Wednesday, March 16, 2011

Whom to blame

I was one of those cricketers destined, it seemed, to be known and appreciated at the local, state level at best. I found even Ranji Trophy cricket out of my reach for a long time, unlike the several sterling cricketers just below the Test level with whom I rubbed shoulders. (As, bolstered by a few milligrams of the finest produce of Scotland, I once picked up the courage to declaim to a boastful Test cricketer, I strongly believe that we often played stirring cricket of an intensity comparable to the best that world cricket could conjure).

Until I was 28, it seemed I would never play first class cricket, thanks in the main to the timing of my birth—a few years after that of India’s greatest off spinner EAS Prasanna and just two behind his own rival for a spot in the Indian team Venkataraghavan—and the curious, often cruel concatenation of circumstances that always seemed to be conspiring against my chances of winning the selectors’ nod. More later about all that, and the amazing turnaround in my fortunes in 1975 which almost, but not quite, led to a fairytale ending to my cricket story, but I must confess that during my years in the wilderness, I often thought of writing a book I would call “Autobiography of an Unknown Indian Cricketer” in imitation of the title of Nirad C Chaudhuri’s great memoirs, because I always immodestly believed I belonged as an off spinner at the highest level—a view some wonderful cricket mates shared and nurtured—with a story to tell.

My story would also include in its sweep some of the best cricketers not to have played for India, though its bias would ever so subtly tilt towards the best South Zone cricketers I have had the privilege to partner or oppose on the field of play. KR Rajagopal, B Kalyanasundaram, S Vasudevan, V Sivaramakrishnan, P Ramesh, Abdul Jabbar, P Mukund, AG Satvinder Singh, N Bharatan, V Krishnaswamy (all Tamil Nadu), Mumtaz Husain, Noshir Mehta, P Jyoti Prasad, T Vijay Paul, Kanwaljit Singh, Saad Bin Jung, Shahid Akbar (all Hyderabad), AV Jayaprakash, VS Vijayakumar, Sudhakar Rao, Vijayakrishna (all Karnataka), D Meher Baba and MN Ravikumar (both Andhra) are among the fiercely combative cricketers and unforgettable characters I would profile in this tribute to the great game as I saw and played it.

In the evening years of my cricket career, however, I discovered I had excellent recall of the many experiences and personalities good, bad and mostly funny, which had enriched my days under the sun. That was when some of my friends began to urge me to write those stories for public consumption. The result was a column I called Curdrice Cricket, largely a lighthearted tribute to cricket in Tamil Nadu. Mostly about the players and unique flavour of cricket in my home state, but including very little about my own cricket, it later formed an important part of my first book, Mosquitos and Other Jolly Rovers: The Story of Tamil Nadu Cricket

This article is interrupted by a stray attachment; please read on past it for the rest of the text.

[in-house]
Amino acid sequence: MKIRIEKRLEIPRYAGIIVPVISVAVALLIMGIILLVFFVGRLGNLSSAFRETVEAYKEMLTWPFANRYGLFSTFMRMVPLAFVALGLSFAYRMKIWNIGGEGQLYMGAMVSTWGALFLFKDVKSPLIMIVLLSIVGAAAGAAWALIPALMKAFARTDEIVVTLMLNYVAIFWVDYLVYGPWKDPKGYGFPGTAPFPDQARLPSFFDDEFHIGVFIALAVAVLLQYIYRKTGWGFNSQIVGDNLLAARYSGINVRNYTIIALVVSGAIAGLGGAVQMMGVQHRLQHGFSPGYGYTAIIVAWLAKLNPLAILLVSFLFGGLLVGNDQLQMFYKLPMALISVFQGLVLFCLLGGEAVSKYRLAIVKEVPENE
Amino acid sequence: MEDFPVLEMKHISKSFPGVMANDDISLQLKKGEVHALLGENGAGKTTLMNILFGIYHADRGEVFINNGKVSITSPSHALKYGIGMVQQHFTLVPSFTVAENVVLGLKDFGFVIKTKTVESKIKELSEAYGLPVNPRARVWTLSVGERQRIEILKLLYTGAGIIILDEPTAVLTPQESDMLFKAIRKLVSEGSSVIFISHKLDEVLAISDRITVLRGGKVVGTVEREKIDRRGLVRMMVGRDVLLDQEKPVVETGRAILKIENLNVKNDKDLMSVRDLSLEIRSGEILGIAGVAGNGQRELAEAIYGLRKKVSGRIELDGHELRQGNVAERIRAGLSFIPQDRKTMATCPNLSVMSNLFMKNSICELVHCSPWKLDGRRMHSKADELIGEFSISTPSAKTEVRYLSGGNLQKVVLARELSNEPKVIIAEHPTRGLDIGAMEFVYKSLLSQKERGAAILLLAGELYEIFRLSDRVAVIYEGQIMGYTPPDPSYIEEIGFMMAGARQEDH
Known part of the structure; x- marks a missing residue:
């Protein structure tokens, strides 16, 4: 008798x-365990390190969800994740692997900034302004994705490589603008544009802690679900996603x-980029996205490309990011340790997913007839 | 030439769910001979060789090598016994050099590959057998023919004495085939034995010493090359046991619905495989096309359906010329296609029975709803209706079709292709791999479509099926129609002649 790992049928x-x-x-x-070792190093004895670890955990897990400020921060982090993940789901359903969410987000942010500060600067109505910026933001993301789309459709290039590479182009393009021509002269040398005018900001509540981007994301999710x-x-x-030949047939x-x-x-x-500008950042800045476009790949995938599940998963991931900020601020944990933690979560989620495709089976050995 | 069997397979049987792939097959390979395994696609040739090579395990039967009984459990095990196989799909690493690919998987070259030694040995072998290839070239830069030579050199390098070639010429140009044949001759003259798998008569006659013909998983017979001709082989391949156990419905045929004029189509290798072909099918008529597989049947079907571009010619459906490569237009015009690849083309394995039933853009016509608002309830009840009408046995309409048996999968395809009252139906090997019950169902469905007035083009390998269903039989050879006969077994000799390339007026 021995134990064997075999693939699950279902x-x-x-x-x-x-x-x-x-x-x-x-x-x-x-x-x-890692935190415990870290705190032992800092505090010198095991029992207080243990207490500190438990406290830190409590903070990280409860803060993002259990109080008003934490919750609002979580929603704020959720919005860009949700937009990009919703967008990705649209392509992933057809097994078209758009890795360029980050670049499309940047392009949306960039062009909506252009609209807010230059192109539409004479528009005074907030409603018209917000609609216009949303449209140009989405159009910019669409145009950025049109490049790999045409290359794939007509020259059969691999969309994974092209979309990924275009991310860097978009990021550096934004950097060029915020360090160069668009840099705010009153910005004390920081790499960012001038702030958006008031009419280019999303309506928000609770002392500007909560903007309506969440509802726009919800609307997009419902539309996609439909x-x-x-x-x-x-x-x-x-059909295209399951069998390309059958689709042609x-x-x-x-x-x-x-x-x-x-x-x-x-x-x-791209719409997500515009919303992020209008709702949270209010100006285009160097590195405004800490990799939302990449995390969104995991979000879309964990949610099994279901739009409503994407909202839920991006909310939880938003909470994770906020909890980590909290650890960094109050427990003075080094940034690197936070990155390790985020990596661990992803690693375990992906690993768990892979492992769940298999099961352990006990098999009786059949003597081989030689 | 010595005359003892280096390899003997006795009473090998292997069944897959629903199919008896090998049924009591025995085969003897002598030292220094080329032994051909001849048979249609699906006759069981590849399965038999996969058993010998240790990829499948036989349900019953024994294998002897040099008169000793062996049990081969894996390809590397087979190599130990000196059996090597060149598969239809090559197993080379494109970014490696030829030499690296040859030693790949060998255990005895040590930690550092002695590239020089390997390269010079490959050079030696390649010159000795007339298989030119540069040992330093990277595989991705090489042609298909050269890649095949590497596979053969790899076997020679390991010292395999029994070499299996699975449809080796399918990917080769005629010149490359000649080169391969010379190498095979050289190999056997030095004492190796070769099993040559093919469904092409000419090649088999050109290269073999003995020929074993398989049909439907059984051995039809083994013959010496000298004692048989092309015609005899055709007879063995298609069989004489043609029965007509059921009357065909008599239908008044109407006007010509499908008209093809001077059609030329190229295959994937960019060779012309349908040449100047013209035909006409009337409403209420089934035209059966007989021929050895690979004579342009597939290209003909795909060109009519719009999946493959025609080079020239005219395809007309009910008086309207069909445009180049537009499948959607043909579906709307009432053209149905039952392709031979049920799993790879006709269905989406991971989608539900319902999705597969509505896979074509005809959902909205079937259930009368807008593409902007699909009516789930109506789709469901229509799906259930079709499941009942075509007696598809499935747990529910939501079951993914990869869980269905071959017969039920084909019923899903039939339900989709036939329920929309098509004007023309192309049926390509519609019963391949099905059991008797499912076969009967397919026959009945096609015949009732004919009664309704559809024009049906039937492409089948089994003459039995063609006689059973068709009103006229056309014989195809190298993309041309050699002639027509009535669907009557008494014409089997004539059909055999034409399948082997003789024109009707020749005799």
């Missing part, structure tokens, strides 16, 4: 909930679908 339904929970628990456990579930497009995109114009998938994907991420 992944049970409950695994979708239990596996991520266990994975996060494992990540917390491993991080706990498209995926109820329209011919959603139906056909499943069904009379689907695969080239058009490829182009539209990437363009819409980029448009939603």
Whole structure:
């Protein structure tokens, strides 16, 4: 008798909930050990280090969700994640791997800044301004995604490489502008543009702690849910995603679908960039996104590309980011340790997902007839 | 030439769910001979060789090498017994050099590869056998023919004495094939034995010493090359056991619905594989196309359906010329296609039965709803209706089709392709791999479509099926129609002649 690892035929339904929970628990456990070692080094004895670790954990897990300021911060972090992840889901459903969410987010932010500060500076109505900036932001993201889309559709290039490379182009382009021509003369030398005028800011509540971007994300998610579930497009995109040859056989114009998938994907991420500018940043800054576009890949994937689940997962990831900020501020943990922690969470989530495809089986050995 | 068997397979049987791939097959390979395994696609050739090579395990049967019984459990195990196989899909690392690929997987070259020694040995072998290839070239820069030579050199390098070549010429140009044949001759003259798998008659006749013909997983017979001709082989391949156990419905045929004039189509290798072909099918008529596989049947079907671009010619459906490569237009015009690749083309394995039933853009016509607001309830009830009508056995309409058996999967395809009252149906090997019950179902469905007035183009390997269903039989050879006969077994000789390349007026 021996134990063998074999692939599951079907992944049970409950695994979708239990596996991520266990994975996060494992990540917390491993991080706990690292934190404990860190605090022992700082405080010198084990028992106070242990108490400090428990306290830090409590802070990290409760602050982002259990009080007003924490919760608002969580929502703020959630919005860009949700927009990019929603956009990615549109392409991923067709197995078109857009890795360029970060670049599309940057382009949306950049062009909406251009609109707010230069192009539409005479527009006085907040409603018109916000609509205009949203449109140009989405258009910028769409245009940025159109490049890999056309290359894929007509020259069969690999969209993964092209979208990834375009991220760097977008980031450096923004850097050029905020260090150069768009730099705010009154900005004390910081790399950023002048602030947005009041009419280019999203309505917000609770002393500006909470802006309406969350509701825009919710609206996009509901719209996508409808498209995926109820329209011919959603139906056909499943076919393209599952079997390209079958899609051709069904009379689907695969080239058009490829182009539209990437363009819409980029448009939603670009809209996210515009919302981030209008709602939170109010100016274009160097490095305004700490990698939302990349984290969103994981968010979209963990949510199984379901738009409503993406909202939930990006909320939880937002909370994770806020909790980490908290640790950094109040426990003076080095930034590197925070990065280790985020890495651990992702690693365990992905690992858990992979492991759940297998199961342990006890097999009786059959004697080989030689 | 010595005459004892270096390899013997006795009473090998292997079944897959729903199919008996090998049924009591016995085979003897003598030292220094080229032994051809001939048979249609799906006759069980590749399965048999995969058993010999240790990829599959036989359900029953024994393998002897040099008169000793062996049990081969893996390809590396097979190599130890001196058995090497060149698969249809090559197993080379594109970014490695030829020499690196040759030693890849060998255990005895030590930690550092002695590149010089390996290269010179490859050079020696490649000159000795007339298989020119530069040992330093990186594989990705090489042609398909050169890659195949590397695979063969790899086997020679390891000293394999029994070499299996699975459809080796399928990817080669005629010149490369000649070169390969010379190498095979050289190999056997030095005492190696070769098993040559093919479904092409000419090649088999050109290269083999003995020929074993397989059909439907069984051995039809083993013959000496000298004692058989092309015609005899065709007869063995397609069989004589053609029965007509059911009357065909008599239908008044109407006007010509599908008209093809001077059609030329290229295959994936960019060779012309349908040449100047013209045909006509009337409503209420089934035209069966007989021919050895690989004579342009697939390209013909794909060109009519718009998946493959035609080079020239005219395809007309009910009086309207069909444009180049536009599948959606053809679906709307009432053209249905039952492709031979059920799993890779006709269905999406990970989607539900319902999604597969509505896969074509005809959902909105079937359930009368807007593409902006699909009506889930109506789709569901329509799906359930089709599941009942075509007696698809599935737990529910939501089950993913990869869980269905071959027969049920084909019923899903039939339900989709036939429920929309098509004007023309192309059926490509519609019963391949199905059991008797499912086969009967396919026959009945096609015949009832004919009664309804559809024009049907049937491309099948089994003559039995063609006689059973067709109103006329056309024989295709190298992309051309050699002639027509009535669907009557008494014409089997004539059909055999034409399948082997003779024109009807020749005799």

My sojourn in Chennai was only one part of the story of my cricket. The decade I spent in Hyderabad was the more fruitful, rewarding part of my career and I had not touched on it in Curdrice Cricket or Mosquitos. I moved to Andhra Pradesh in 1970, joining State Bank of India as a ‘probationary officer’ and spending most of the first year of my tenure there at rural Anakapalle, before the glorious uncertainties of life took me to Hyderabad and a fresh opportunity to play cricket in July 1971. I was four months short of my 24th birthday.

The struggle to make a mark was long and hard. It took me well nigh two years to even gain a regular place in the bank’s star-studded team in the local league and two more to be selected to represent Hyderabad in the Ranji Trophy. What followed was a minor miracle and I was an official Test probable within a year! While I savoured every moment I spent in the exalted company of my illustrious teammates and being recognized as someone with an outside chance of replacing Prasanna or Venkataraghavan in the Indian team, my swift dismissal from all forms of first class cricket five years later left me bewildered, hurt and angry.

Distance, or the passage of time, rather, lends enchantment and I turned to cricket writing once I was sure I could do so without bitterness, and that is how, aided by the devastating effects of a couple of poor career moves I made, I became a freelance journalist around 1994, starting with contributions to the Saturday Sports page of The Hindu. The demands from my close friends to write my cricket memoirs have continued over the decades—and, thanks to the encouragement I have received from some better known authors—I have finally decided to inflict them on the reading public.

The confidence and excellence of some of today’s cricket writers have been the biggest factors responsible for my finally taking the plunge, changing my long held perception that only international cricketers had any chance of succeeding as authors of cricket books. With their style, keen love of cricket, and sense of history, such accomplished writers as Suresh Menon, Harsha Bhogle, Rahul Bhattacharya, and Gideon Haigh have provided the inspiration; so you know whom to blame for my belated entry into the world of cricket memoirs.


Sharan said...

I watched the video on cricinfo-- it really did move me.

That being said, most would be terribly envious of a first-class average of 23.23.

Thanks for a great blog and some fantastic nuggets on cricket and cricketers.

Ramnarayan said...

Thank you, Sharan. Looking b ack, I feel I ought to have done better and left the selectors no option but to include me.